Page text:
[…continued from last post]
It was track three of Face 2 [“Fabrique” cassette remixes] that an error manifests in this box. It lists a track called “Mutant Mix Mechanik.” That was a B-side dub mix from the “Streetplayer-Mechanik” 12″ being 7:13 in length. The third track on the cassette was called “Street Mechanik” as it was also called on the “Height Of Fashiøn” compilation. All of these instances were the same dub track. Except on Face 2 of this box. In this case, the 12″ A-side of “Streetplayer-Mechanik [Audio Extra],” which is an 8:23 vocal mix, has been placed in the flow of tracks by mistake. It will also be the second track on Face 3 of this box; albeit in a very different EQ treatment.
So that means that the box was fallible. It’s not surprising as most of them are. By comparison, there’s the typical Edsel Records Box that often comes with handfuls of error-prone discs in them. I make these sorts of boxes myself and can vouch for how difficult it is to keep the plot straight. Let’s leave the song until it’s turn comes on the next disc.
“Dressed To Kill [Double Dub]” [as it was known on the cassette remixes] was such an immaculate stone groove that it’s now fantastically exciting to me, even though it was a brief dub mix of under three minutes. The same track was called “Dressed To Kill [mix]” on the 12″ B-side. The six note bass loop was naked up front for two bars before Harris’ insanely funky guitar kicked in. The bass loop gets stuck in my cranium for hours on end [like today] and was followed by the drums and the heavily processed vocal hook of “dressed to kill!” which joined the [very intense] party. Then synth stabs and the squealing tires [in dub!] of the LP mix got much more of an airing here. The bass riff, run through a Mu-tron filter to end up sounding like a Chapman Stick, piled on at the end but the cascade of Simmons fills in dub and the cold vocal only ending that I loved so much from the 12″ B-side was inexplicably faded down her for the last 15 seconds of the song. Say whaaaaa?? As much as I’m mildly disappointed that the previous track was included in error twice instead of the correct dub mix of “Streetplayer-Mechanik,” it’s this factor, more than anything, that is my big disappointment about this set.
The brief “You Only Left Your Picture [Reggae Reprise]” at a little over a minute long, couldn’t help but to leave one hungry for more. It posited a Fashiøn that was a halfway point between the knockabout Post-Punk of the first album and funk of the second album incarnations of the band, minus the high technology, for a brief funky reggae party. “Alternative Playback [Half frame]” which was the 7″ B-side to “Something In Your Picture,” was also the same cut as “Something In Your Picture [Alternative Playback]” on the remix tape. It came right up front and delved deeply [in dub] into the phased, multi-harmony bridge breakdown, which had been extended far beyond the scanty tease of the two bar length it had been in the album track. Meanwhile the rhythm had been cut to a fraction of its original BPM for a heady, lurching psychedelia as imagined by Zeus B. Held as if possessed by Adrian Sherwood. The phased backing vocals got plenty of love here too. Tracks like this are why dub was invented.
I have once said that “if cocaine were music, this album would be the result.” Never more was that true then on the cut “White Stuff [The Unfinished].” A track that only appeared here in its 8:45 full length while manifesting in a 5:30 edit on the NME “Mighty Reel” tape and a 5:00 edit on the US promo “Love Shadow” 12″ single. What was a teasingly brief three minutes was expanded dramatically here in a version of almost three times that length. And this was no dub mix but what would have been an epic 12″ mix. The bass cut straight to the heart of the funk with only cymbal taps to tick like a stopwatch before the Simmons rolls and vocoders began the jam in earnest after a minute in buildup. A buildup almost twice as long as on the LP mix. The jamming had plenty of room to breathe here with running time being no object to the development of groove.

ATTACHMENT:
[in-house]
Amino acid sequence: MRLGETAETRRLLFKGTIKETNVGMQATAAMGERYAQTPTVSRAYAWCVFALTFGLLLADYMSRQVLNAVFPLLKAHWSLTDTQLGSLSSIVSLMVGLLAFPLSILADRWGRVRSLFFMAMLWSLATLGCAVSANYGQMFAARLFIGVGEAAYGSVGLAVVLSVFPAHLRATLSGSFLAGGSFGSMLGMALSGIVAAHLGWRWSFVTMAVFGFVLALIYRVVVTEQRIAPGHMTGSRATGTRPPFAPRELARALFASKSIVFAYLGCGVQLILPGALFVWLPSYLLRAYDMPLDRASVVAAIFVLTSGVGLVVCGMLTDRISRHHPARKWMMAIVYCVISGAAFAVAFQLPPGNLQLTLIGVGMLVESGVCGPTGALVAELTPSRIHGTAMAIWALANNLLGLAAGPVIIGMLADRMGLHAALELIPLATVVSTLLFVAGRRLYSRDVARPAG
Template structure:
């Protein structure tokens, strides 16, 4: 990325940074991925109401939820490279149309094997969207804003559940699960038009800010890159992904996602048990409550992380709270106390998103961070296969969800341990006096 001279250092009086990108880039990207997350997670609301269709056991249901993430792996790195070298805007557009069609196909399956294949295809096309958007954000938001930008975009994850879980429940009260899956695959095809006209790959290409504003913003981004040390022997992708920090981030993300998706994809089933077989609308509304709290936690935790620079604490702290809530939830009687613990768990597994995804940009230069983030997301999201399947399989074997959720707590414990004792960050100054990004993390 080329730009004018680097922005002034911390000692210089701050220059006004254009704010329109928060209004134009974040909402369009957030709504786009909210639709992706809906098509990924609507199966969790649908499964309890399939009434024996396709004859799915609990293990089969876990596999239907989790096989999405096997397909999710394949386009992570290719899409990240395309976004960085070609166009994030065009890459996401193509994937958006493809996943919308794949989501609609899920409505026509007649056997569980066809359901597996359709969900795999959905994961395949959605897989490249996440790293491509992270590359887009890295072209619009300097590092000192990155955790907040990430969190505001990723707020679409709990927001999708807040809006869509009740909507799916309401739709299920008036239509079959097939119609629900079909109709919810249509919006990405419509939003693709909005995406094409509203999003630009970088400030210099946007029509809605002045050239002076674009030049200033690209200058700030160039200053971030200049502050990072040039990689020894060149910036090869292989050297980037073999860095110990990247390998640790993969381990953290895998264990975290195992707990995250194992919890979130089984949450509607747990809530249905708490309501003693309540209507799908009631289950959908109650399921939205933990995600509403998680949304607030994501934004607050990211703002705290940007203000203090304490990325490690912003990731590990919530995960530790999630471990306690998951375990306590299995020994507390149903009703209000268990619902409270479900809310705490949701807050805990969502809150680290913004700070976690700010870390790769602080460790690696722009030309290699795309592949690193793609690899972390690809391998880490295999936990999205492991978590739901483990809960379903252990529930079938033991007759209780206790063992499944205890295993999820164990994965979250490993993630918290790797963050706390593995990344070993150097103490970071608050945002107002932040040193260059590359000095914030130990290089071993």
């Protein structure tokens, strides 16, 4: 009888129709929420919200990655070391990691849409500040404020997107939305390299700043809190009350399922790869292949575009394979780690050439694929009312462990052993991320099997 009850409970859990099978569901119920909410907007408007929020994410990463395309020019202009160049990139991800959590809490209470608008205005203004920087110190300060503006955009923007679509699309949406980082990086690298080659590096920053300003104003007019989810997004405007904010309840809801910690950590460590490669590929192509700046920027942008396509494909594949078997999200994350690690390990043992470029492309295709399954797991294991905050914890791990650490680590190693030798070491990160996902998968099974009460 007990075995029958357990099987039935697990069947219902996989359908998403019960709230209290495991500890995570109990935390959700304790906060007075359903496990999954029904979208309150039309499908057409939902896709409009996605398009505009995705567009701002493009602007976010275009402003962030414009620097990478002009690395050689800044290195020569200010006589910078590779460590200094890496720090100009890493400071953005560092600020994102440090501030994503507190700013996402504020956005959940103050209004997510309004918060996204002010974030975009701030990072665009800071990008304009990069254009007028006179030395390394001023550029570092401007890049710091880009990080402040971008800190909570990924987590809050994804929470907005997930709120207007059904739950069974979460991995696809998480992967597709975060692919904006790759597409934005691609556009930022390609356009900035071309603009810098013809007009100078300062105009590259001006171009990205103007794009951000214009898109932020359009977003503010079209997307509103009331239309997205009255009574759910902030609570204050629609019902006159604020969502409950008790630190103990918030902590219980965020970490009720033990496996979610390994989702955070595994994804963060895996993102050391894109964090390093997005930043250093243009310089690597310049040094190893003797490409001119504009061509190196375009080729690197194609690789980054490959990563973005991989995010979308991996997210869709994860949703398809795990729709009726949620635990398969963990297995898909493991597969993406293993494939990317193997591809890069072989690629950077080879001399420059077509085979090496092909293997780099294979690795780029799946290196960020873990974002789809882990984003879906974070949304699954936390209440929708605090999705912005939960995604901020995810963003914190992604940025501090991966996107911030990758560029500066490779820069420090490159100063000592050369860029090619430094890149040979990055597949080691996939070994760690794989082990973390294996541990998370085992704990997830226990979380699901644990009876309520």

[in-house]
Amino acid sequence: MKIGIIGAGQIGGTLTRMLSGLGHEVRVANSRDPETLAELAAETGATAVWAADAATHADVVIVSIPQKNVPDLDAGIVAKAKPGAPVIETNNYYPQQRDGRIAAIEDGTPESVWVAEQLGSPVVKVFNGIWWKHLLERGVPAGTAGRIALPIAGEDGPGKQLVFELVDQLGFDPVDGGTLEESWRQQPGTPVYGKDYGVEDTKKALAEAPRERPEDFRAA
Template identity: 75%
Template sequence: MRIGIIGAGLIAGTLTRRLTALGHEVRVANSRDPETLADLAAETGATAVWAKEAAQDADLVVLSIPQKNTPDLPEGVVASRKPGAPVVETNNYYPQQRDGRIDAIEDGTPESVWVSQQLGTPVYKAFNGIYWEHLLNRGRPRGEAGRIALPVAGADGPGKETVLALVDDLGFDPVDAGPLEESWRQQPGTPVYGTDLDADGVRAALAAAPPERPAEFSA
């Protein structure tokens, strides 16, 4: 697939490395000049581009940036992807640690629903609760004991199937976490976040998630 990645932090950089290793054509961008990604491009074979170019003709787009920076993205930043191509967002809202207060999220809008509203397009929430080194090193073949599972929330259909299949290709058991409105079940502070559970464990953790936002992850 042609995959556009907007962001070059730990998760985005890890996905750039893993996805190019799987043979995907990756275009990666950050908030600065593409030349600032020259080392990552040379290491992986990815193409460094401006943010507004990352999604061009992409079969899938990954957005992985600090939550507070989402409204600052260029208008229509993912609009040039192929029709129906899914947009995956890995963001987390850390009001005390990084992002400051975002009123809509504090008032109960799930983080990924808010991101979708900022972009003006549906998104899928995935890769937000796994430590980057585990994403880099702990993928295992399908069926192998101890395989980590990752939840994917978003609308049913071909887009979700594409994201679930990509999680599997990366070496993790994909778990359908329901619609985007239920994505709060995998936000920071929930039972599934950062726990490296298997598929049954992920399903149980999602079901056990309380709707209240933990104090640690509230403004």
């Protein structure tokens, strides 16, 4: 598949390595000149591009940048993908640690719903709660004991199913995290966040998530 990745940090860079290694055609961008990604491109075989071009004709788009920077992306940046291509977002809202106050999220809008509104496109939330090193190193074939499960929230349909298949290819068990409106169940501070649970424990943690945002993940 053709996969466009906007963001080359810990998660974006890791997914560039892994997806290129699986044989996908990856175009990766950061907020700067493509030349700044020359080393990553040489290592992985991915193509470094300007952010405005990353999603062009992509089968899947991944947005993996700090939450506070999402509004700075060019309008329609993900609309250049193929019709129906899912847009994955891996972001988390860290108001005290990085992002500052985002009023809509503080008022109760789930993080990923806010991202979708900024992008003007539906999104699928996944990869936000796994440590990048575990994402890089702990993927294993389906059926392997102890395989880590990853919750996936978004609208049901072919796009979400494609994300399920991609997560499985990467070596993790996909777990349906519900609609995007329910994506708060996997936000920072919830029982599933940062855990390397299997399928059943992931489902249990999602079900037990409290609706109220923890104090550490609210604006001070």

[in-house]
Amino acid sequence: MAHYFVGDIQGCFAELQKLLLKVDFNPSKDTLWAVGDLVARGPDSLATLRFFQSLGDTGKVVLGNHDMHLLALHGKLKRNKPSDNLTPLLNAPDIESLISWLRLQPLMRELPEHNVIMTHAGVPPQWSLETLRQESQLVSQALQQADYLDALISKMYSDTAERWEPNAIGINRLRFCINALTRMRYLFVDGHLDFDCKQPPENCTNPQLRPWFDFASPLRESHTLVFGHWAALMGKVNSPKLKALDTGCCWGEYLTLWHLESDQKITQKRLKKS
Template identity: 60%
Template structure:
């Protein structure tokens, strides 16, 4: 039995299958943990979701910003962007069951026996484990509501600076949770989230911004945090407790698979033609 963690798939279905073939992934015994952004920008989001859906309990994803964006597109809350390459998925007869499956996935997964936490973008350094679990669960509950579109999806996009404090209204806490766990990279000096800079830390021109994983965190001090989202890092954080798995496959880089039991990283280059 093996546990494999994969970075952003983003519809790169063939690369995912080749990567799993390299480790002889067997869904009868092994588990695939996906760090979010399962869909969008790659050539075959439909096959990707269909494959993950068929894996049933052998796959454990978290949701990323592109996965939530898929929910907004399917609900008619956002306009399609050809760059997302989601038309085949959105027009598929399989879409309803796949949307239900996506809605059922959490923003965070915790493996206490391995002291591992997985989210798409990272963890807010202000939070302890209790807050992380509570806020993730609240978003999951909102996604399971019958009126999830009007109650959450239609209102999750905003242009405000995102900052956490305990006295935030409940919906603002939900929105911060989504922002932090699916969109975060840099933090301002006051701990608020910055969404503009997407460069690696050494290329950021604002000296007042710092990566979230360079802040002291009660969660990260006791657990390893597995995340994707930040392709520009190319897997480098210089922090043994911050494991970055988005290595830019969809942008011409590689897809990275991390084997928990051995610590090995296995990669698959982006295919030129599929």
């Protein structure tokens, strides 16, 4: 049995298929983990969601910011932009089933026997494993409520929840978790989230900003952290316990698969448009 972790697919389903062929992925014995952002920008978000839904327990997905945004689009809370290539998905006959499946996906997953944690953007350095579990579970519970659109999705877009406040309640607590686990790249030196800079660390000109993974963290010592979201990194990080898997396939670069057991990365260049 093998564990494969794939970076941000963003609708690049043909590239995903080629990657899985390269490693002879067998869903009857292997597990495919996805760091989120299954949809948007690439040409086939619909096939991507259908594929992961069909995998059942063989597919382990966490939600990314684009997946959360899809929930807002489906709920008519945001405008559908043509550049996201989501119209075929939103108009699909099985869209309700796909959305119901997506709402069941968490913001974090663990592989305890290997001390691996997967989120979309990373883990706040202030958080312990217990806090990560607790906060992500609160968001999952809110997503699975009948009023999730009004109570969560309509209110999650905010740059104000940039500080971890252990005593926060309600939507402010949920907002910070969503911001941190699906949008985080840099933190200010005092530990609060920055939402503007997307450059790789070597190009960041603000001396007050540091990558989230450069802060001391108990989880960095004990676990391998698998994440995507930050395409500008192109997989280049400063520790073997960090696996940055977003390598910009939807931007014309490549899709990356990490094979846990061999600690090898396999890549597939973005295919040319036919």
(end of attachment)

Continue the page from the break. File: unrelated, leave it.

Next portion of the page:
At almost five minutes in, the jam expanded with new rhythm guitar figures and keyboard solos, the latter likely at the hand of Zeus B. Held who co-wrote this track in the studio with Harris. Through it all, the rhythm section just kept moving like a steamroller of funk, coming down the boulevard slowly and methodically. Casually crushing cars left and right. When the middle eight finally happened instead of ending the keyboard solos really started taking off. Then at 6:30 the drop happened and only the relentless hammering of the synthetic drums coupled with the pulse-gated and phased synth chords began cruising at high altitude. Then drum fills and metallic synth bleeps and occasional guitar joined the clavinet for a dissolute breakdown following the song’s manic phase.
The final track was only on the remixed B-side of the “Fabrique” tape but was also included on “The Height Of Fashiøn” CD. “Do You Wanna Make Love [At 5:00 A.M.] was a clattering dub mix of a radical stripe. All of the spherical, orgasmic essence of the LP track was swapped out for phased, dubbed drum tracks and synths, often doubled with slapback echo. Only the guitar cut angular shapes through the barbituate murk, until at the 4:30 point the song’s spellbinding synth hook finally appeared briefly, before the phased middle eight. The only vocal throughout all of this was the ghostly remnant of the refrain “do you wanna make love” mixed into the track like a distant fog. Then it faded out on Harris’ solo at a very different 6:45. I’d still have to give the massive edge to the original track, though this was decidedly different.
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